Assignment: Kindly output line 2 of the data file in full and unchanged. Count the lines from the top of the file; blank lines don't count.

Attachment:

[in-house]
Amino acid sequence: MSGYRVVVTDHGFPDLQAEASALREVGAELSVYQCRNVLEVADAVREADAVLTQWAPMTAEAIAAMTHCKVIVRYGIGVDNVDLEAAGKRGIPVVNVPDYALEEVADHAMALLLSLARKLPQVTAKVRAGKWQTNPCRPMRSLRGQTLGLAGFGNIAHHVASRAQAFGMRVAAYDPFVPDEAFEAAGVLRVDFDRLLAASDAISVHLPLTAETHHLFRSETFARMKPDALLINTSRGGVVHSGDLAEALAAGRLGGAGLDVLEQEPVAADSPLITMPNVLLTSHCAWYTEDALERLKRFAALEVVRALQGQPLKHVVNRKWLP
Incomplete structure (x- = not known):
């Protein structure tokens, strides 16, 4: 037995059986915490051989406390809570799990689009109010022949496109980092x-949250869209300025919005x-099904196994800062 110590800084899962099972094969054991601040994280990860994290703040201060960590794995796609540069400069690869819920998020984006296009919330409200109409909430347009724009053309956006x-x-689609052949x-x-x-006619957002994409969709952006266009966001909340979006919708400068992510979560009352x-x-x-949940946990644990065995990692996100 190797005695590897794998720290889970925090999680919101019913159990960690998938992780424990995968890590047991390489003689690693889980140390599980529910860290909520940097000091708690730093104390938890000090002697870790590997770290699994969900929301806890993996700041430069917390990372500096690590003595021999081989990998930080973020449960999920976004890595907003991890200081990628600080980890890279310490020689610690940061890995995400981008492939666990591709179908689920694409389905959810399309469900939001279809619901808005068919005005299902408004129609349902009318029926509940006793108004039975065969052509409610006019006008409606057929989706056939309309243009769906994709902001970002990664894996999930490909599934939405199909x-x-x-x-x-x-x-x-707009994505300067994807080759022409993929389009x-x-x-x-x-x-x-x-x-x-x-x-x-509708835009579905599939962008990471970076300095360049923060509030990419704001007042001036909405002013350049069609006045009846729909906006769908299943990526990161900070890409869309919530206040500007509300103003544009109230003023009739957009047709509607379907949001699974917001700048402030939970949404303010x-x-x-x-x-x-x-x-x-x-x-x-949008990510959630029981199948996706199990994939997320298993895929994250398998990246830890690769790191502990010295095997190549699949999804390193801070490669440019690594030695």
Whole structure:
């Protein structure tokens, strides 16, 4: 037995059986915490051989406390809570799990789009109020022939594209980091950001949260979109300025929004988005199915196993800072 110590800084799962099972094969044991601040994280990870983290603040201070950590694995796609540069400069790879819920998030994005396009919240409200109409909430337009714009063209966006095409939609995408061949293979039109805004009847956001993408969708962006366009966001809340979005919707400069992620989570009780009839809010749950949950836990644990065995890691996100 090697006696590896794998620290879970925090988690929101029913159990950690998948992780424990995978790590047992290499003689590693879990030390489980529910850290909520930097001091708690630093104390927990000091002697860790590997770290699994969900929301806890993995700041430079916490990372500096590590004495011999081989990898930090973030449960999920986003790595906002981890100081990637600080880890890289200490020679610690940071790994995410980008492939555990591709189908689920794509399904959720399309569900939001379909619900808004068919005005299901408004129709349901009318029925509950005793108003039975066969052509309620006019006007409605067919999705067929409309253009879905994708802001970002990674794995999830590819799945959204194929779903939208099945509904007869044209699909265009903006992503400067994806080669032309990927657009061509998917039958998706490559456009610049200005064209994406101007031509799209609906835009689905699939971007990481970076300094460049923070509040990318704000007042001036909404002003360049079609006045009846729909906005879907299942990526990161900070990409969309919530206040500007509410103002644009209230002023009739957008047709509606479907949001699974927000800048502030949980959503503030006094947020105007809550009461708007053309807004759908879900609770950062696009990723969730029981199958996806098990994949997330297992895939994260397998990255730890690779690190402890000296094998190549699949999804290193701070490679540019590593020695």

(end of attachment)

Amino acid sequence: MSGYRVVVTDHGFPDLQAEASALREVGAELSVYQCRNVLEVADAVREADAVLTQWAPMTAEAIAAMTHCKVIVRYGIGVDNVDLEAAGKRGIPVVNVPDYALEEVADHAMALLLSLARKLPQVTAKVRAGKWQTNPCRPMRSLRGQTLGLAGFGNIAHHVASRAQAFGMRVAAYDPFVPDEAFEAAGVLRVDFDRLLAASDAISVHLPLTAETHHLFRSETFARMKPDALLINTSRGGVVHSGDLAEALAAGRLGGAGLDVLEQEPVAADSPLITMPNVLLTSHCAWYTEDALERLKRFAALEVVRALQGQPLKHVVNRKWLP